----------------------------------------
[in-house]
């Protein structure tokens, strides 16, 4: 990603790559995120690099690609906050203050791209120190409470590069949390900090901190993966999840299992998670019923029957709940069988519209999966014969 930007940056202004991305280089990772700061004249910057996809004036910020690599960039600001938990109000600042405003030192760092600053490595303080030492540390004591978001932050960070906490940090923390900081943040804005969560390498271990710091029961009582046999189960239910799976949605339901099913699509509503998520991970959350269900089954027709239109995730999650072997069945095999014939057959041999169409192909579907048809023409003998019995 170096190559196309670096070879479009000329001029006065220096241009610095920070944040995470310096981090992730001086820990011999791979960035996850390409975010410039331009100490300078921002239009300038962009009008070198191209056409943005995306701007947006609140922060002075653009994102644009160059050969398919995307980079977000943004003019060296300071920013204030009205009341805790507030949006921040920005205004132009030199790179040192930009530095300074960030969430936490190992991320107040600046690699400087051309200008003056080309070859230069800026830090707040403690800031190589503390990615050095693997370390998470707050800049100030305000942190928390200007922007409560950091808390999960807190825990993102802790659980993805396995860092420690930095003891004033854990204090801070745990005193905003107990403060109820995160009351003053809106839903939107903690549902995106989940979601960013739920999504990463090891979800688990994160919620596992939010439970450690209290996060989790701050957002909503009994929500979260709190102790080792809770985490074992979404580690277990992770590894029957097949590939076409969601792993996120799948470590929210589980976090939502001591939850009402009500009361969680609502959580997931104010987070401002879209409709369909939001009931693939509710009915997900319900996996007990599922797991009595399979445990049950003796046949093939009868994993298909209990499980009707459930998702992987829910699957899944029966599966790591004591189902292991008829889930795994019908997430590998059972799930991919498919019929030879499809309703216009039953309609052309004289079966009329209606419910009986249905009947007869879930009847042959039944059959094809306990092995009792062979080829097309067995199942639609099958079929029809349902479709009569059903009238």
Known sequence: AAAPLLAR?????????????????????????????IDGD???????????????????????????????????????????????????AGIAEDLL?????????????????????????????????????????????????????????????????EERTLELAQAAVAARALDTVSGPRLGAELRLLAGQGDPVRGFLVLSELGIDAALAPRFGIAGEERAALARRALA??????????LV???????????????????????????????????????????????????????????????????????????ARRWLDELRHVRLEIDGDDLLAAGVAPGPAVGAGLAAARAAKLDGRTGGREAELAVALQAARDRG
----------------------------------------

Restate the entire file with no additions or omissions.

[in-house]
């Protein structure tokens, strides 16, 4: 990603790559995120690099690609906050203050791209120190409470590069949390900090901190993966999840299992998670019923029957709940069988519209999966014969 930007940056202004991305280089990772700061004249910057996809004036910020690599960039600001938990109000600042405003030192760092600053490595303080030492540390004591978001932050960070906490940090923390900081943040804005969560390498271990710091029961009582046999189960239910799976949605339901099913699509509503998520991970959350269900089954027709239109995730999650072997069945095999014939057959041999169409192909579907048809023409003998019995 170096190559196309670096070879479009000329001029006065220096241009610095920070944040995470310096981090992730001086820990011999791979960035996850390409975010410039331009100490300078921002239009300038962009009008070198191209056409943005995306701007947006609140922060002075653009994102644009160059050969398919995307980079977000943004003019060296300071920013204030009205009341805790507030949006921040920005205004132009030199790179040192930009530095300074960030969430936490190992991320107040600046690699400087051309200008003056080309070859230069800026830090707040403690800031190589503390990615050095693997370390998470707050800049100030305000942190928390200007922007409560950091808390999960807190825990993102802790659980993805396995860092420690930095003891004033854990204090801070745990005193905003107990403060109820995160009351003053809106839903939107903690549902995106989940979601960013739920999504990463090891979800688990994160919620596992939010439970450690209290996060989790701050957002909503009994929500979260709190102790080792809770985490074992979404580690277990992770590894029957097949590939076409969601792993996120799948470590929210589980976090939502001591939850009402009500009361969680609502959580997931104010987070401002879209409709369909939001009931693939509710009915997900319900996996007990599922797991009595399979445990049950003796046949093939009868994993298909209990499980009707459930998702992987829910699957899944029966599966790591004591189902292991008829889930795994019908997430590998059972799930991919498919019929030879499809309703216009039953309609052309004289079966009329209606419910009986249905009947007869879930009847042959039944059959094809306990092995009792062979080829097309067995199942639609099958079929029809349902479709009569059903009238």
Known sequence: AAAPLLAR?????????????????????????????IDGD???????????????????????????????????????????????????AGIAEDLL?????????????????????????????????????????????????????????????????EERTLELAQAAVAARALDTVSGPRLGAELRLLAGQGDPVRGFLVLSELGIDAALAPRFGIAGEERAALARRALA??????????LV???????????????????????????????????????????????????????????????????????????ARRWLDELRHVRLEIDGDDLLAAGVAPGPAVGAGLAAARAAKLDGRTGGREAELAVALQAARDRG